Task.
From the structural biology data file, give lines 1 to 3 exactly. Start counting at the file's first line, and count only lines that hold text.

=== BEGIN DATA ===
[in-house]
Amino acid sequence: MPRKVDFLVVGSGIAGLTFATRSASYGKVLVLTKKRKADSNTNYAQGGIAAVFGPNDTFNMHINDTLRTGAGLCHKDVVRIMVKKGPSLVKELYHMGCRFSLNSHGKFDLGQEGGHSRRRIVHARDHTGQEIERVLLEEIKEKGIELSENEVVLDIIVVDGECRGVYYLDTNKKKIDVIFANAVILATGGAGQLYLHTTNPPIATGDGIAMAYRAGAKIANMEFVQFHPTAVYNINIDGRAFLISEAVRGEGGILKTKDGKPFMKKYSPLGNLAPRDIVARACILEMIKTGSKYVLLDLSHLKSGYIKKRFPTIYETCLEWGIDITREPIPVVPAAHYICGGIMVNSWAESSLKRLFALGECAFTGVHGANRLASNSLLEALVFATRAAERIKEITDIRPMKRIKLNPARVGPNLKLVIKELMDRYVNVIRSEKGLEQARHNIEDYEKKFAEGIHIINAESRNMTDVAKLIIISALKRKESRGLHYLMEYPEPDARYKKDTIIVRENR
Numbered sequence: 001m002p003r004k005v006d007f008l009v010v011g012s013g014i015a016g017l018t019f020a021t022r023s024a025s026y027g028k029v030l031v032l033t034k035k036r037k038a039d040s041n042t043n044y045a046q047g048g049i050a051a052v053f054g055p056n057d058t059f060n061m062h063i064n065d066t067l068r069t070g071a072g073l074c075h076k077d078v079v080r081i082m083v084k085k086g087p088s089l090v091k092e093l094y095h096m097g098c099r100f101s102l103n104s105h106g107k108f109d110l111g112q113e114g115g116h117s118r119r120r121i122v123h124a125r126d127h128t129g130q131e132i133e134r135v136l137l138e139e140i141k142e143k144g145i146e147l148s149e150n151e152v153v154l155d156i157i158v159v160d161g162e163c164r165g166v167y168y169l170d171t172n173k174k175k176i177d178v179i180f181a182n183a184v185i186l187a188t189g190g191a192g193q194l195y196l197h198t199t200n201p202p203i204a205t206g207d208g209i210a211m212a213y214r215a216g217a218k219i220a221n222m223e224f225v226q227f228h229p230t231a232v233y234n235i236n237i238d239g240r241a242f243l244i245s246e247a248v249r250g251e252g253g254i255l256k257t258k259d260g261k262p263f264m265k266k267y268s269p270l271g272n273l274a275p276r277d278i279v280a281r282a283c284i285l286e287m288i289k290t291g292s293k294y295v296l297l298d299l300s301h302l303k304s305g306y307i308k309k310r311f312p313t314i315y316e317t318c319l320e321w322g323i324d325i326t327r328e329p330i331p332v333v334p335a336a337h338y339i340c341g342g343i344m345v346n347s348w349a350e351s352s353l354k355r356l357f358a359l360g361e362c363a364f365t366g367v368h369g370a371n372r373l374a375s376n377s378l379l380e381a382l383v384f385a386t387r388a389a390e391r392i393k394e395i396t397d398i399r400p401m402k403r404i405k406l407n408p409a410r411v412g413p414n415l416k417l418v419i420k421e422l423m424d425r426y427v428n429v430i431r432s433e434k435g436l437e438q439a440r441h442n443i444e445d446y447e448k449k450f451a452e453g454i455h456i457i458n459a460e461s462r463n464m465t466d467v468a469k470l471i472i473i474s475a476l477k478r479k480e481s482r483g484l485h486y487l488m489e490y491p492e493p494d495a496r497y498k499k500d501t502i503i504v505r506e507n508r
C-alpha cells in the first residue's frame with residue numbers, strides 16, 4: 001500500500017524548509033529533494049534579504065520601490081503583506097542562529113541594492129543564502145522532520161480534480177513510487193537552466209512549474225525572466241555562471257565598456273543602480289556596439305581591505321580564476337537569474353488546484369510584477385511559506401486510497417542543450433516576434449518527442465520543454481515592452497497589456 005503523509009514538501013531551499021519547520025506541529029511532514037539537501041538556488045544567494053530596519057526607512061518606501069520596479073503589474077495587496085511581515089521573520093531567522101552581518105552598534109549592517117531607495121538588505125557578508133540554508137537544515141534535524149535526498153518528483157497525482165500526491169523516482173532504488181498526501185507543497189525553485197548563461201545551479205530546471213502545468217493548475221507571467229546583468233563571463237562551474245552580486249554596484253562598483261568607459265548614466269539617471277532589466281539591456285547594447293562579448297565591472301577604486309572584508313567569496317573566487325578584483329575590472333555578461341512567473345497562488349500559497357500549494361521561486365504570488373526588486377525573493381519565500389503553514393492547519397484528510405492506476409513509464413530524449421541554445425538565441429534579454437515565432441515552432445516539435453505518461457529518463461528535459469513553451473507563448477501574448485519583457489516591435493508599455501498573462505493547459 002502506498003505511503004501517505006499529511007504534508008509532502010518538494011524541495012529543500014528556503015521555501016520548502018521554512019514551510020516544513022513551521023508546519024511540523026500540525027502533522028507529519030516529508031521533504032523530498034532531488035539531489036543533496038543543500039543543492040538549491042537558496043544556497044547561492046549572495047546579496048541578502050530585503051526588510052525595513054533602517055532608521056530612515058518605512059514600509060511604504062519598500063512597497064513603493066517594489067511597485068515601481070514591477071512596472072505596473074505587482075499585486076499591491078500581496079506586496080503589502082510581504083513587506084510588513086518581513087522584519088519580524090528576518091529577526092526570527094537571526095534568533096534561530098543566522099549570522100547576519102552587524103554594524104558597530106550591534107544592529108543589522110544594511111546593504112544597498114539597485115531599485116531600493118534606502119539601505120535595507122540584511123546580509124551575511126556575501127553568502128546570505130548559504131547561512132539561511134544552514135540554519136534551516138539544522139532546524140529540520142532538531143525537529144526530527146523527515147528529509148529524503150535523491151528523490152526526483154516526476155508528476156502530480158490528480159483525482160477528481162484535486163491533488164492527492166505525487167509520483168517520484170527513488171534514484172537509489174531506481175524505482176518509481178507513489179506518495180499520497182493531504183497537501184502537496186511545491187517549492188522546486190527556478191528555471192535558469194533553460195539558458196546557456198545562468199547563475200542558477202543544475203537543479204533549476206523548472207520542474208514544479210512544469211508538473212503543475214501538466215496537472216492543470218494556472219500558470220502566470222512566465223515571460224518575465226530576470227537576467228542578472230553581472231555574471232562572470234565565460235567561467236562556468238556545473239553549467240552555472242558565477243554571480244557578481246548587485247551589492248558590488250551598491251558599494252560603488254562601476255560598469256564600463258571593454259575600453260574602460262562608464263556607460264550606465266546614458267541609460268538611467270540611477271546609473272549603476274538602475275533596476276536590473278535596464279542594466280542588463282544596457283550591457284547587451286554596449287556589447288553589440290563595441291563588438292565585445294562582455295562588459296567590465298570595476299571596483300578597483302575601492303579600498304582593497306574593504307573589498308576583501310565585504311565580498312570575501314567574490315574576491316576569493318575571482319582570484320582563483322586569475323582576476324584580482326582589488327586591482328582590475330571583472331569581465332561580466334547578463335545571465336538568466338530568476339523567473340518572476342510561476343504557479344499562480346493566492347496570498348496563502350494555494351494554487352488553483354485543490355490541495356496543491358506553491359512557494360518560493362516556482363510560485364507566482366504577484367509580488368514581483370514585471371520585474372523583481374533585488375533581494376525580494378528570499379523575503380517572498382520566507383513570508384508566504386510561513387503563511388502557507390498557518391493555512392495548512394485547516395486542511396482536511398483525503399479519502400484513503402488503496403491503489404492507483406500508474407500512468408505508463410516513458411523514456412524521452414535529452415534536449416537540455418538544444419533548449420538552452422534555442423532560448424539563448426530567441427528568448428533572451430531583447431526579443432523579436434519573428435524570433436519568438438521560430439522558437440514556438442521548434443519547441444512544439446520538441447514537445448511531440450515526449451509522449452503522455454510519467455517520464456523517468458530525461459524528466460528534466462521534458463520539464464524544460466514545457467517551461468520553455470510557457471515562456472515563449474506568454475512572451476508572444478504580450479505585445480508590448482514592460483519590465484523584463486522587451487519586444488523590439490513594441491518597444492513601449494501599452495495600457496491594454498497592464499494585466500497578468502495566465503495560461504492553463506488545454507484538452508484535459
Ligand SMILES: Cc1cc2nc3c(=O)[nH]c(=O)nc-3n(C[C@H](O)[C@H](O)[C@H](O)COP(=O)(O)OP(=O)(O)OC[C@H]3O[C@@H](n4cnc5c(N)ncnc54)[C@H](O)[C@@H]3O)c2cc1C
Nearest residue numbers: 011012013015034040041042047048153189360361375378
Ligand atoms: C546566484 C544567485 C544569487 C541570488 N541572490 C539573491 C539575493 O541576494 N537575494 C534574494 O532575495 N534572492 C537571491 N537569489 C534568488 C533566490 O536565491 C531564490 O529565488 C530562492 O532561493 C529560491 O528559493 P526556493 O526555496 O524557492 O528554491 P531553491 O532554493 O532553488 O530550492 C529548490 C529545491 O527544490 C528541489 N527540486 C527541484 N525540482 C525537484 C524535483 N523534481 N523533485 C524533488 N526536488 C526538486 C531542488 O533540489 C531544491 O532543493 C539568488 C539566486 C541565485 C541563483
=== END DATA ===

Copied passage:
[in-house]
Amino acid sequence: MPRKVDFLVVGSGIAGLTFATRSASYGKVLVLTKKRKADSNTNYAQGGIAAVFGPNDTFNMHINDTLRTGAGLCHKDVVRIMVKKGPSLVKELYHMGCRFSLNSHGKFDLGQEGGHSRRRIVHARDHTGQEIERVLLEEIKEKGIELSENEVVLDIIVVDGECRGVYYLDTNKKKIDVIFANAVILATGGAGQLYLHTTNPPIATGDGIAMAYRAGAKIANMEFVQFHPTAVYNINIDGRAFLISEAVRGEGGILKTKDGKPFMKKYSPLGNLAPRDIVARACILEMIKTGSKYVLLDLSHLKSGYIKKRFPTIYETCLEWGIDITREPIPVVPAAHYICGGIMVNSWAESSLKRLFALGECAFTGVHGANRLASNSLLEALVFATRAAERIKEITDIRPMKRIKLNPARVGPNLKLVIKELMDRYVNVIRSEKGLEQARHNIEDYEKKFAEGIHIINAESRNMTDVAKLIIISALKRKESRGLHYLMEYPEPDARYKKDTIIVRENR
Numbered sequence: 001m002p003r004k005v006d007f008l009v010v011g012s013g014i015a016g017l018t019f020a021t022r023s024a025s026y027g028k029v030l031v032l033t034k035k036r037k038a039d040s041n042t043n044y045a046q047g048g049i050a051a052v053f054g055p056n057d058t059f060n061m062h063i064n065d066t067l068r069t070g071a072g073l074c075h076k077d078v079v080r081i082m083v084k085k086g087p088s089l090v091k092e093l094y095h096m097g098c099r100f101s102l103n104s105h106g107k108f109d110l111g112q113e114g115g116h117s118r119r120r121i122v123h124a125r126d127h128t129g130q131e132i133e134r135v136l137l138e139e140i141k142e143k144g145i146e147l148s149e150n151e152v153v154l155d156i157i158v159v160d161g162e163c164r165g166v167y168y169l170d171t172n173k174k175k176i177d178v179i180f181a182n183a184v185i186l187a188t189g190g191a192g193q194l195y196l197h198t199t200n201p202p203i204a205t206g207d208g209i210a211m212a213y214r215a216g217a218k219i220a221n222m223e224f225v226q227f228h229p230t231a232v233y234n235i236n237i238d239g240r241a242f243l244i245s246e247a248v249r250g251e252g253g254i255l256k257t258k259d260g261k262p263f264m265k266k267y268s269p270l271g272n273l274a275p276r277d278i279v280a281r282a283c284i285l286e287m288i289k290t291g292s293k294y295v296l297l298d299l300s301h302l303k304s305g306y307i308k309k310r311f312p313t314i315y316e317t318c319l320e321w322g323i324d325i326t327r328e329p330i331p332v333v334p335a336a337h338y339i340c341g342g343i344m345v346n347s348w349a350e351s352s353l354k355r356l357f358a359l360g361e362c363a364f365t366g367v368h369g370a371n372r373l374a375s376n377s378l379l380e381a382l383v384f385a386t387r388a389a390e391r392i393k394e395i396t397d398i399r400p401m402k403r404i405k406l407n408p409a410r411v412g413p414n415l416k417l418v419i420k421e422l423m424d425r426y427v428n429v430i431r432s433e434k435g436l437e438q439a440r441h442n443i444e445d446y447e448k449k450f451a452e453g454i455h456i457i458n459a460e461s462r463n464m465t466d467v468a469k470l471i472i473i474s475a476l477k478r479k480e481s482r483g484l485h486y487l488m489e490y491p492e493p494d495a496r497y498k499k500d501t502i503i504v505r506e507n508r